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Ask The Ethicist: Are Student Learning Experiences "Voluntourism"?

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Dear Ask the Ethicist:

I regularly advise students who are working on field-based projects (practica and Capstones) in a high need community. Their work has involved engaging with community health leaders in conducting needs assessments and generating ideas among community members about how to address public health problems within the community. However, the students almost always leave the program before they can help the community develop viable solutions to the problems. I worry that the communities we work with may feel that they are giving more than they are getting in providing learning opportunities for students with little or no help in addressing the challenges uncovered by the students’ field work. At some point, they may decide to stop engaging with the school in this way – a loss for future students and also creating a bad name for the institution within the state. Is it ethical for us, as a school, to continue to send our students into these communities without a clear plan for how we, as a school, will help the communities once the students have moved on?


Critical attention to the problem of “voluntourisum” or “health tourism” has increased over the last few years, as the weight of the evidence began to suggest that so-called “helicopter service approaches” might well do more harm than good in many resource-poor settings. Especially given the significant power differences that often attend people learning with and working in resource-poor contexts, there are powerful concerns related to justice and equity at stake. The possibility that field-based projects could actually end up leaving high-need communities worse off than they would have otherwise been is sobering and must be taken seriously given the evidence. And, even if not worse off, the community may have expended scarce resources to support the student with little gain returning to the community.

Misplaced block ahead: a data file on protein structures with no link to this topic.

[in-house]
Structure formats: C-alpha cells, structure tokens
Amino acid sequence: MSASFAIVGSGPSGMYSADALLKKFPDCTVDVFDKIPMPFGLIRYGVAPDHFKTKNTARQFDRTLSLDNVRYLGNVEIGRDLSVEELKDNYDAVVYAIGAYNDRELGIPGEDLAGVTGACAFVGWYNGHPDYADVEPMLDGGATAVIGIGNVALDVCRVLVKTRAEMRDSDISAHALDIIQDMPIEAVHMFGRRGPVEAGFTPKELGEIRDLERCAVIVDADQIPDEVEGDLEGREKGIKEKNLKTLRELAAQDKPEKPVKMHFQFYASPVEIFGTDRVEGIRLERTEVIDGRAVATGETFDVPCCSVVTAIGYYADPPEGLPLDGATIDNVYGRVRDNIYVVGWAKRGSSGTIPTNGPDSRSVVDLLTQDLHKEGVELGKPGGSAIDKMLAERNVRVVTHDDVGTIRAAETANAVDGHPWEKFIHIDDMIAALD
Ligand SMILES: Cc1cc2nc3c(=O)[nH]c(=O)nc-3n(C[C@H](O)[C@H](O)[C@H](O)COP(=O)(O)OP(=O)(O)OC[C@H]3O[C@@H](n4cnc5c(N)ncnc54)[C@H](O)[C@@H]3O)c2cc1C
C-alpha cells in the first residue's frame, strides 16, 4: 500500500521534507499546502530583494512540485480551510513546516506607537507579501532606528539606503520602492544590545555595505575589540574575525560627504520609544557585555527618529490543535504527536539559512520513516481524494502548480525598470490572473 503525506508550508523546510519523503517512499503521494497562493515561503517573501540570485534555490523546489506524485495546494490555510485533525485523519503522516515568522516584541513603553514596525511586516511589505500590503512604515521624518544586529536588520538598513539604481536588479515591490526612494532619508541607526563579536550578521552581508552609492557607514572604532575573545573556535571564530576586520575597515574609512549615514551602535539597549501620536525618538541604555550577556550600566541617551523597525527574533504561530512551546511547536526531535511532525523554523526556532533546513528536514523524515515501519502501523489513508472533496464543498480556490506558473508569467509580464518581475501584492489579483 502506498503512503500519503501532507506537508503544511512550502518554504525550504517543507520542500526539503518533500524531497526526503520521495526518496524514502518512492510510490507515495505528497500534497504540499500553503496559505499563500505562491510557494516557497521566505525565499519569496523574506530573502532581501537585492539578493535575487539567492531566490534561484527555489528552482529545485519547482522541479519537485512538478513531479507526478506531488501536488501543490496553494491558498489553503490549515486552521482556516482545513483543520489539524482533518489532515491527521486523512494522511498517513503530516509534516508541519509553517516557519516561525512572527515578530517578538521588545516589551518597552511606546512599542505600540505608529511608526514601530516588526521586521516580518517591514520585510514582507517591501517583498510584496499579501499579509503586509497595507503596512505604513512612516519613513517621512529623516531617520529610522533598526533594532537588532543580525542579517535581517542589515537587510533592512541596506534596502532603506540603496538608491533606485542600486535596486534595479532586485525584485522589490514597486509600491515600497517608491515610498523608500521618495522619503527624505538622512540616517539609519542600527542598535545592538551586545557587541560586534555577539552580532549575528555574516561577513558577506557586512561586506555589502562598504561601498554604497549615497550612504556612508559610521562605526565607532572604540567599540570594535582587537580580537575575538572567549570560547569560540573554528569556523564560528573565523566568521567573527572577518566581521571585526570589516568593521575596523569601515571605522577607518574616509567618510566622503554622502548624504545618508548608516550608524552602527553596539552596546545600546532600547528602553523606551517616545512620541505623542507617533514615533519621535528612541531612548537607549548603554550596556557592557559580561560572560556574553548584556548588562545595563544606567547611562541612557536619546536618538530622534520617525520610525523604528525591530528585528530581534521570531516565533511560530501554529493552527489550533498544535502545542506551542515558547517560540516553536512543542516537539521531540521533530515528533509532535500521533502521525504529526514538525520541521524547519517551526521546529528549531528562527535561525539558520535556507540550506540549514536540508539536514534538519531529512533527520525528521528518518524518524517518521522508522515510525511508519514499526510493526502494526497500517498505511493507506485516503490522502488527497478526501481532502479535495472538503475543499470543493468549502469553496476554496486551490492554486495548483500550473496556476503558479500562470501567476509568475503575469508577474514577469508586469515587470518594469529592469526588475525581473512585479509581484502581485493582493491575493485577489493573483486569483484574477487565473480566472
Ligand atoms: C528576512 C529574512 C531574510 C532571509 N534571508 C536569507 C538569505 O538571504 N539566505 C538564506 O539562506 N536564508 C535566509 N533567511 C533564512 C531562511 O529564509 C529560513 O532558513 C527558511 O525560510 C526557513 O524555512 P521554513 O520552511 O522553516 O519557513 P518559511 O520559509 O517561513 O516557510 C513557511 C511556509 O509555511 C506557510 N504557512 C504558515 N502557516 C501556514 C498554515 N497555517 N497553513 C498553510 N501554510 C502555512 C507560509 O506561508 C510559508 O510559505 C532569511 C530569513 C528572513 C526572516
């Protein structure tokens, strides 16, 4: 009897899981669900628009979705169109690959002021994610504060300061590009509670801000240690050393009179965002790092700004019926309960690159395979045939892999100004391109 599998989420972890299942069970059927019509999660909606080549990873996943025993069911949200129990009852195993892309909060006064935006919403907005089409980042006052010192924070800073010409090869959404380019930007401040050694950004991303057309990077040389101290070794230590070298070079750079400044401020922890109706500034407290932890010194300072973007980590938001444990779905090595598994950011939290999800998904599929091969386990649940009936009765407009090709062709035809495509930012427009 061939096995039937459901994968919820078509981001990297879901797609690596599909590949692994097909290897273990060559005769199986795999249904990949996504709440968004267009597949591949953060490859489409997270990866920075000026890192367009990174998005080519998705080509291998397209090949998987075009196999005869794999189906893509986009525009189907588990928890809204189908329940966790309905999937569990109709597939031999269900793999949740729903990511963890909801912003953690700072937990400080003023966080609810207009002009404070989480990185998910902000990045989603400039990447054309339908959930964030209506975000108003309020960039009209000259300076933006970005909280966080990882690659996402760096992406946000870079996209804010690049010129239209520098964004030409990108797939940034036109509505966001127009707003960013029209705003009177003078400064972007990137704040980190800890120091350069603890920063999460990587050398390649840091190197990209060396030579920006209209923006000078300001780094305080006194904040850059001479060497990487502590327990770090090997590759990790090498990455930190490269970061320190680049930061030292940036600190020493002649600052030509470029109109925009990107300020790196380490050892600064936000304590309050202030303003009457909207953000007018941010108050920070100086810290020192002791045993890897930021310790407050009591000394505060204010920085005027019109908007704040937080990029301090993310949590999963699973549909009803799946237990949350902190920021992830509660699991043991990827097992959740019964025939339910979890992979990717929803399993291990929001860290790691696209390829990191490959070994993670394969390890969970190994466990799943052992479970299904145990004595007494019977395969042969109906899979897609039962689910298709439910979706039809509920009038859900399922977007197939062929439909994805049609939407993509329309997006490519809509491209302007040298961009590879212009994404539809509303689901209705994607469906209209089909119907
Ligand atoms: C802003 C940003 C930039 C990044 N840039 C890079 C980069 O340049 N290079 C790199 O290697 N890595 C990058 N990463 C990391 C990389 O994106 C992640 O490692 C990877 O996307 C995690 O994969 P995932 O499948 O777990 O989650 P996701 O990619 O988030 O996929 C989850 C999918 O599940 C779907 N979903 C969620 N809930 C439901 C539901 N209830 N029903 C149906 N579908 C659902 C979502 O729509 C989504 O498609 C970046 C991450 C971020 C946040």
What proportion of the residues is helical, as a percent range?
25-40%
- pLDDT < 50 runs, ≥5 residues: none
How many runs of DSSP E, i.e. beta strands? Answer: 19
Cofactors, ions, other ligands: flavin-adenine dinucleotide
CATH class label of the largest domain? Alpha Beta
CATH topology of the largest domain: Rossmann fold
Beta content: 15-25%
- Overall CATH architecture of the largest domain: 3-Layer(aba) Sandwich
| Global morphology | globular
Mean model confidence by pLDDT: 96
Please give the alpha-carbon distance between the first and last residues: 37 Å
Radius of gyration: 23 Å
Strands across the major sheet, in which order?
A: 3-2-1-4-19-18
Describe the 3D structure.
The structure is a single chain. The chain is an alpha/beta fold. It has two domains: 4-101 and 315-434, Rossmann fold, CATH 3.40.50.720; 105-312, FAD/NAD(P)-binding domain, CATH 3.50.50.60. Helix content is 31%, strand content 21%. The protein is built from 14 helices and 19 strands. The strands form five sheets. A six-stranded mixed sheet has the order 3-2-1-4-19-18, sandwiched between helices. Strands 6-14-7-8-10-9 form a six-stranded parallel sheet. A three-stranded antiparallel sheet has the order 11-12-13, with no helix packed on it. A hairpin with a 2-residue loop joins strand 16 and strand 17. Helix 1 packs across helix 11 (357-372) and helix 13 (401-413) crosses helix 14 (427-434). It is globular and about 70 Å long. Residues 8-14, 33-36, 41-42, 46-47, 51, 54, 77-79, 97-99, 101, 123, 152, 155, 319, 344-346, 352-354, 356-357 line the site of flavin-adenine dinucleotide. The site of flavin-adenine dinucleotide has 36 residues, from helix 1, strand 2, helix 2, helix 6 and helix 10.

Principles of asset-based community engagement would suggest that the community itself shld have a large role in determining what a sustainable program for service-learning would actually look like. With such a program in place, there is a stronger justification for permitting students to complete individual projects under the ambit of the program. This should be accompanied by a regular opportunity to assess benefits and costs to the community as well as those to the university. Absent such a clearly defined process of community-engagement and careful monitoring, there are good reasons to question the ethics of continuing this model of individual service-learning.

What ethical principles apply here?

Principles of social justice are critical here—a central goal of public health. A related and important value is that of the equitable treatment of communities so as to assure that the benefits to the community outweigh the loss of resources or power. The school should maintain regular mechanisms of communication to assure that both students and the community are being treated with fairness.